Tag Archives: Grifola frondosa

Not very Poultry mushrooms

30 Sep


This is no chicken little. This is the east coast conifer version of (Chicken of the woods) Laetiporos huroniensis which I happen to notice on a big old eastern hemlock around a 100 feet up a steep bank on trail 2 at the foray.


(Ma i take) a step back now to – who came first the chicken or the hen – and the truth is  on the way down to the 2013 N.S. Mycological Society Foray I decided to take a short detour over to a side road in Hants Co. N.S. to see if the red oak that gave me 3 nice (hen of woods) after last year’s Foray was going to be generous again. There wasn’t 3 this time though 1 huge Hen of the woods (Grifola frondosa) was all my basket could handle.

Check out the info and especially the story at the bottom of this mushroomcollecting.com/mushroommaitake.


Now back to this conifer chicken of the woods Laetiporos huroniensis, it is considered by a few people a good edible though 10% or more of the population may experience some GI problems after eating this one.  That is a high percentage so it seems good advise to only gather chicken of the woods of hardwoods which will make your mushroom either Laetiporus sulphurous or Laetiporus cincinnatus in New England and Eastern Canada at least, there are a few other varieties out west which seem to be studied a little more than our east coasters. Well time to fly the coop. ciao


Hen of the foray

25 Sep

Gypsy mushrooms (Cortinarius caperatus), click on any of the photos for a closer look.

This next photo of gypsy mushrooms is foggy though the white powdery bloom is very noticeable on the young caps.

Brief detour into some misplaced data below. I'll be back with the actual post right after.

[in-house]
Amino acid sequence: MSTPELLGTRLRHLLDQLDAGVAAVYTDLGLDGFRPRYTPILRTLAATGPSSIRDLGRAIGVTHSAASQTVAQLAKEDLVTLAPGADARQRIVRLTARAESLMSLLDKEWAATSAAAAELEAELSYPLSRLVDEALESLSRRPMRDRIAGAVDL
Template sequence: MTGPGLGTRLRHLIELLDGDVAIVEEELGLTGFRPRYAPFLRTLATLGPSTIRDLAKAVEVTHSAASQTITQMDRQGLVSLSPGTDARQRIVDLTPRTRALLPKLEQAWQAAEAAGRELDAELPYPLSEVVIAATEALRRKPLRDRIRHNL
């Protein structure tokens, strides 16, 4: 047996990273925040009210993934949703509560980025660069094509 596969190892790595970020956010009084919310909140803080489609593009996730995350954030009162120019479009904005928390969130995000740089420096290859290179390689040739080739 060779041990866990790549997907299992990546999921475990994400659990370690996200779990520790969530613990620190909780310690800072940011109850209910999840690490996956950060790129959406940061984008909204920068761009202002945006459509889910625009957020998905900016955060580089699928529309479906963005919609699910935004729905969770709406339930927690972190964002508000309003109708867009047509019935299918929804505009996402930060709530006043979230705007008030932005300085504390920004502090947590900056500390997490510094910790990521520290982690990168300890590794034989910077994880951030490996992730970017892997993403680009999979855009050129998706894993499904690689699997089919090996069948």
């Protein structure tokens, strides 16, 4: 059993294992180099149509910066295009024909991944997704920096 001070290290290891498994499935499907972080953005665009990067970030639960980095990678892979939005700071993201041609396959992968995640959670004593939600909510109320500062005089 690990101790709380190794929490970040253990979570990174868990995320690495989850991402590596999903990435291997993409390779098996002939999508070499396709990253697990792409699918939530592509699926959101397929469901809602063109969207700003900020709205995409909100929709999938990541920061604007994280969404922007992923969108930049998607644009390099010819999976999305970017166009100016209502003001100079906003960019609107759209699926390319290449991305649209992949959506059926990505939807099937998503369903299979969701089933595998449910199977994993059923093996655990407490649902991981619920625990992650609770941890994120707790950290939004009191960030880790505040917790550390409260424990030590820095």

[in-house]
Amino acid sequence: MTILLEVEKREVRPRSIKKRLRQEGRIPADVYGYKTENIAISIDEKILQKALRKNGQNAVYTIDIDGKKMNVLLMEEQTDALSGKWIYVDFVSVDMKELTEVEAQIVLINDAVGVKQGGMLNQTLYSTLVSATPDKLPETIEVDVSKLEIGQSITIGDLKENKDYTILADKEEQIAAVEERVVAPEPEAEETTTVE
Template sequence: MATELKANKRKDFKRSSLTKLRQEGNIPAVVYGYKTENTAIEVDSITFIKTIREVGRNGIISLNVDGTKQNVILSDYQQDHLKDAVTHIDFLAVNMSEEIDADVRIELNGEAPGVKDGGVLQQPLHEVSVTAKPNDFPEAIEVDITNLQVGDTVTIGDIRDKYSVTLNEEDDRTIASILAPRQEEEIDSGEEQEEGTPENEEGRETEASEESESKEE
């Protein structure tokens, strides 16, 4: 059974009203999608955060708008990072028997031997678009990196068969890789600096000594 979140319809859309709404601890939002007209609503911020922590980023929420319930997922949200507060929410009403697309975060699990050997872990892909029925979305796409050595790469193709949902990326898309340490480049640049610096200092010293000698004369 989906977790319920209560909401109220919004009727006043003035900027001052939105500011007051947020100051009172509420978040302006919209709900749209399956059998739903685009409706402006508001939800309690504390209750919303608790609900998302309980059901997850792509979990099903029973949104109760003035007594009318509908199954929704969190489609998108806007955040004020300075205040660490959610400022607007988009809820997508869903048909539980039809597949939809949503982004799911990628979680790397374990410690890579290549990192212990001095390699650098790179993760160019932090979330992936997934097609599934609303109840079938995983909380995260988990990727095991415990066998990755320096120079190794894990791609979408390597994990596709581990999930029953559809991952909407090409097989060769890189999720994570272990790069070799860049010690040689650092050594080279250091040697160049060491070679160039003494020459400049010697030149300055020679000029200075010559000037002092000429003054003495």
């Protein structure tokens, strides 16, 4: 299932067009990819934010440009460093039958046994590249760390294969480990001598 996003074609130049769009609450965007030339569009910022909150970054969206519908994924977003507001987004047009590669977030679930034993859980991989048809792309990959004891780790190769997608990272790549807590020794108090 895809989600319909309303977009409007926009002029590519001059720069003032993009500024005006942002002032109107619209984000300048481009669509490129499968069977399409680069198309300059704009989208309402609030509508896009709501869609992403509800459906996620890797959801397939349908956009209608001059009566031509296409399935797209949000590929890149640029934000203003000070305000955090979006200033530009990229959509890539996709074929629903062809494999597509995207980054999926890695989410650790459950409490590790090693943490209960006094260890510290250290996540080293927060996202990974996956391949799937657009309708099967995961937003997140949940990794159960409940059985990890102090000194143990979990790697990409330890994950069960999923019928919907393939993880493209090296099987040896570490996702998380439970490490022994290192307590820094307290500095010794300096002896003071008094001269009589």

I returned home Sunday evening from the Nova Scotia Mycological Society’s 2012 weekend foray held in Ship Harbour NS at the Deanery Project. This down to earth or more accurately into earth event was very enjoyable and although my usual outings are silent,  timeless experiences, I was deeply moved to be on the trails with a variety of folks enjoying nature, the truth of what we are one might say.

Since this rugged part of Nova Scotia with lots of conifer forest, rocky areas and many lakes and small rivers along the Atlantic coast was new to me I chose a variety of routes back and forth to the foray and noticed Red Oak trees in a few isolated areas I decided to make a stop at one of these spots since Oak trees are rare in my home area and Oaks are well known for hosting many choice edible mushrooms.

I’ve been foraging wild mushrooms for many decades and this is my first gathering of Maitake or Hen of the Woods, (Grifola frondosa). No wonder this wild edible is so popular in the New England states as it is very tender and tasty and fills the basket in no time.

This mushroom is excellent pan fried in butter, but 3/4 of the collection will be dried and used as a nice addition to my other medicinal tea mushrooms (white matsutake, chaga, and the gypsy mushroom)  Maitake will add a new pleasant flavour to the contents of the tea cup this winter and throughout the year.

There were a few other wild mushrooms amongst the oaks which were quiet striking, including some large colorful Russulas and this purple stemmed bolete which looks like Tylopilus eximius  but the nearest conifer was 75 feet away?

I’ll stop now, you’ve been dazzled enough by the glorious fungus fruits of Nova Scotia. ciao for now